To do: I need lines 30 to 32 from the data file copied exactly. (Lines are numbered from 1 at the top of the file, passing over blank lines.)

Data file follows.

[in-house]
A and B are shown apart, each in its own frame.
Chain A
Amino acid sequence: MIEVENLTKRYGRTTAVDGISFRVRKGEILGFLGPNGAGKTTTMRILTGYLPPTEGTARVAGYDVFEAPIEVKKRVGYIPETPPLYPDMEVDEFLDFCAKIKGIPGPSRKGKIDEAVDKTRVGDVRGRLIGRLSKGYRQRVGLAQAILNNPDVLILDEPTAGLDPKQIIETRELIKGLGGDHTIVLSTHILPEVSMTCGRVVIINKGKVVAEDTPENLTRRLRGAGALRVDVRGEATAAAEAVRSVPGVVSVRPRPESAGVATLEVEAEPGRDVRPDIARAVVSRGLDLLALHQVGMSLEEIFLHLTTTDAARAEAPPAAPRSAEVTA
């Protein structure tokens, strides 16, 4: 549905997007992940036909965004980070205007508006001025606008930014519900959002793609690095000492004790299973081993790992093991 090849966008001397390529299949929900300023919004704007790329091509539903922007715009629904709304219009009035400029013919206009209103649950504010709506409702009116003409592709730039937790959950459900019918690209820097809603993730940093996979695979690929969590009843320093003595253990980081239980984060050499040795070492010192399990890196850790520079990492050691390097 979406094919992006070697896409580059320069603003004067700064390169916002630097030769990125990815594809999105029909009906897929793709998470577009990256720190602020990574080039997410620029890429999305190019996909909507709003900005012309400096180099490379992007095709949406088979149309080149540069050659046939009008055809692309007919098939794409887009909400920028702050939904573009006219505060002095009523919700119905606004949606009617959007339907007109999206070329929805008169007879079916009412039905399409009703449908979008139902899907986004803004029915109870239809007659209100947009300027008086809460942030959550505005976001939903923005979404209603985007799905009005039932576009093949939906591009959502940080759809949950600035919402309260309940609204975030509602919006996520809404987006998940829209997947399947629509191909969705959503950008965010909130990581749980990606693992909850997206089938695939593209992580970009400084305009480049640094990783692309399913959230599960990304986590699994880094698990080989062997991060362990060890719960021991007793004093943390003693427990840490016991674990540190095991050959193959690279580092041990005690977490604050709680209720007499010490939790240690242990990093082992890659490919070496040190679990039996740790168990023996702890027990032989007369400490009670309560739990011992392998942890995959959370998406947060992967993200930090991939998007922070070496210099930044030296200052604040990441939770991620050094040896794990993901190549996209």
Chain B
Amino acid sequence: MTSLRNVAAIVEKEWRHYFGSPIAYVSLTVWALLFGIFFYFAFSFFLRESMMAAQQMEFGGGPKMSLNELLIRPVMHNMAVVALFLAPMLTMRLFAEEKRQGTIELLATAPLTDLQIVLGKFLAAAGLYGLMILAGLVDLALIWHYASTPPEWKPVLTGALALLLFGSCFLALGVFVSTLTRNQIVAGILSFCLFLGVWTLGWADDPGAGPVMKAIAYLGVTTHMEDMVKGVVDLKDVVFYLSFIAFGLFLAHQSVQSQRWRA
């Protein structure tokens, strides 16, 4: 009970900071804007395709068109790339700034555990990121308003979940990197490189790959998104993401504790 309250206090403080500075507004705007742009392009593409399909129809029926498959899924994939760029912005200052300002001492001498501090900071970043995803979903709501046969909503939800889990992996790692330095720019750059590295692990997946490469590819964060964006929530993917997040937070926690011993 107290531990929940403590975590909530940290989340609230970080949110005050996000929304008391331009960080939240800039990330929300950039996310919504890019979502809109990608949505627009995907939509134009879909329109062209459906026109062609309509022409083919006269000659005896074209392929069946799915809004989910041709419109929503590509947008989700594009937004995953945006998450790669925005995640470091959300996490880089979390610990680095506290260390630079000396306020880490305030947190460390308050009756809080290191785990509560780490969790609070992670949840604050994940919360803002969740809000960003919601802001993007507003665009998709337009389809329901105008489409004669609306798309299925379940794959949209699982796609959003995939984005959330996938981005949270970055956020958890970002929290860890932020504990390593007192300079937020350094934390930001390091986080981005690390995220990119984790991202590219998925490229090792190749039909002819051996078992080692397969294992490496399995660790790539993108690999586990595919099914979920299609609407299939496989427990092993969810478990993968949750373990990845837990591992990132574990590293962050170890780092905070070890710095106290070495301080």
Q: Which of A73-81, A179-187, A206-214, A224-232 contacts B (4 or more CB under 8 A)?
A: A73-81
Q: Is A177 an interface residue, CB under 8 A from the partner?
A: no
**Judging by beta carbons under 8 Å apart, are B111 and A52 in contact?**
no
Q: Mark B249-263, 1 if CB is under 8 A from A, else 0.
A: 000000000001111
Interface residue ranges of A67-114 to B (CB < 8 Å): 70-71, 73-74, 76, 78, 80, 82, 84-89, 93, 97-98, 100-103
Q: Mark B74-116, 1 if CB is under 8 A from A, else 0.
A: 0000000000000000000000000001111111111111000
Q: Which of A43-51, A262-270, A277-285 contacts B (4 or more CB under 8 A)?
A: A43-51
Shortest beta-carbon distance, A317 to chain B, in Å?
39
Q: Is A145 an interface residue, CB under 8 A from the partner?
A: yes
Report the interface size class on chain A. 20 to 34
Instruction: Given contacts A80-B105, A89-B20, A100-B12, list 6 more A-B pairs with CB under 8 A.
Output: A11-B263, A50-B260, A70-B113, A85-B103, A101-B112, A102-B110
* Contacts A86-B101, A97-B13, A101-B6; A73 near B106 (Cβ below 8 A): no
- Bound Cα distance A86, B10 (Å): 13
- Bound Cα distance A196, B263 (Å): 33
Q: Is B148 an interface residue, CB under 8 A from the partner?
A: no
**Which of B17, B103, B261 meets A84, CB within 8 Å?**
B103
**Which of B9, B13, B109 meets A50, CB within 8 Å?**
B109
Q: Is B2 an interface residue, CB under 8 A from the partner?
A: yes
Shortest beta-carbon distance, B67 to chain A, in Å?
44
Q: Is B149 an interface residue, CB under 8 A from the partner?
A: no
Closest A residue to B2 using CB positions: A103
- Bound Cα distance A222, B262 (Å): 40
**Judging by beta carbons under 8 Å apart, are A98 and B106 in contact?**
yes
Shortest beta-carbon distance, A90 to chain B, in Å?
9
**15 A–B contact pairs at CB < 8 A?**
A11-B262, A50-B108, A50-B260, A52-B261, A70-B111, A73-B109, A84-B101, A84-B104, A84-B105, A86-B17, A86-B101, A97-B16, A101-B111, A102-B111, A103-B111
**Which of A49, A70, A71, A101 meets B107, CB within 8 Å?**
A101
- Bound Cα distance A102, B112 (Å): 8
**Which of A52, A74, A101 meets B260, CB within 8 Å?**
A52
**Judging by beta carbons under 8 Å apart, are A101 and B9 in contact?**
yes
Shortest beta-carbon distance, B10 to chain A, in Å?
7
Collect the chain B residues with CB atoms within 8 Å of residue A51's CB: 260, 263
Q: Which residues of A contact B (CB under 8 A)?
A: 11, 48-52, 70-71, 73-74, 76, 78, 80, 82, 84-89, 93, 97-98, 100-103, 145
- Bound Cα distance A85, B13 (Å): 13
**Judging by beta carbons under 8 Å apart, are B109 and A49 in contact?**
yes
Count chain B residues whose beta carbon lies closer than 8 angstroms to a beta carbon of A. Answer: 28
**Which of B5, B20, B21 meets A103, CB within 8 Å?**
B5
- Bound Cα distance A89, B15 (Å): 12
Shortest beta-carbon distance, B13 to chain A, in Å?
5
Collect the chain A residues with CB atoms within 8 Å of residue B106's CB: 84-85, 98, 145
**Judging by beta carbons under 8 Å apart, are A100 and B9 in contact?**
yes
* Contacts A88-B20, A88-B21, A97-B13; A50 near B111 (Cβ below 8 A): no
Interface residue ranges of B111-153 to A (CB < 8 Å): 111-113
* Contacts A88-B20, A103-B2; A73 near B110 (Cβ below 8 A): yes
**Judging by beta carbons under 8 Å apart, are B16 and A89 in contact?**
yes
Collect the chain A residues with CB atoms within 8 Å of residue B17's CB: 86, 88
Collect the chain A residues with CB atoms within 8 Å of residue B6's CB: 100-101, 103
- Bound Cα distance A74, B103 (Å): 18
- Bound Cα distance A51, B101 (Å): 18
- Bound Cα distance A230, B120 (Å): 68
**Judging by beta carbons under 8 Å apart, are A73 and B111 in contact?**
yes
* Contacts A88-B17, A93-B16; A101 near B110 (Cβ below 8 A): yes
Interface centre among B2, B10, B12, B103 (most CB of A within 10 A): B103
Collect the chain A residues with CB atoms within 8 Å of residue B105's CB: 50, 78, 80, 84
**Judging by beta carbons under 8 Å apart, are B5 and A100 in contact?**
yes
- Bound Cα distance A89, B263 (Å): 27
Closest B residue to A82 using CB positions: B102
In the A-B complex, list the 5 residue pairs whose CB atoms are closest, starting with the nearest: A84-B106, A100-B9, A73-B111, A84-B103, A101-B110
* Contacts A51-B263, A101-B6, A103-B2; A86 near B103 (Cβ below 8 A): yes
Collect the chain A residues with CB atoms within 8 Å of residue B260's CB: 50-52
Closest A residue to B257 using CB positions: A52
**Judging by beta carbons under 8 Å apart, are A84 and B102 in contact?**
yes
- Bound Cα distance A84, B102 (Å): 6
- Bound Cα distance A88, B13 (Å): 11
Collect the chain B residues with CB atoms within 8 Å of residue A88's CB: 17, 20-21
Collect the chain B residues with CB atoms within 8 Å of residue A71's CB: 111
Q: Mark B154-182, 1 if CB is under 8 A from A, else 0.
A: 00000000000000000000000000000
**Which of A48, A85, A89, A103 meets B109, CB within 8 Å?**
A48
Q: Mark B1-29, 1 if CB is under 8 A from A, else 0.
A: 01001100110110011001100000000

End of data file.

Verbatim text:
- Bound Cα distance A86, B10 (Å): 13
- Bound Cα distance A196, B263 (Å): 33
Q: Is B148 an interface residue, CB under 8 A from the partner?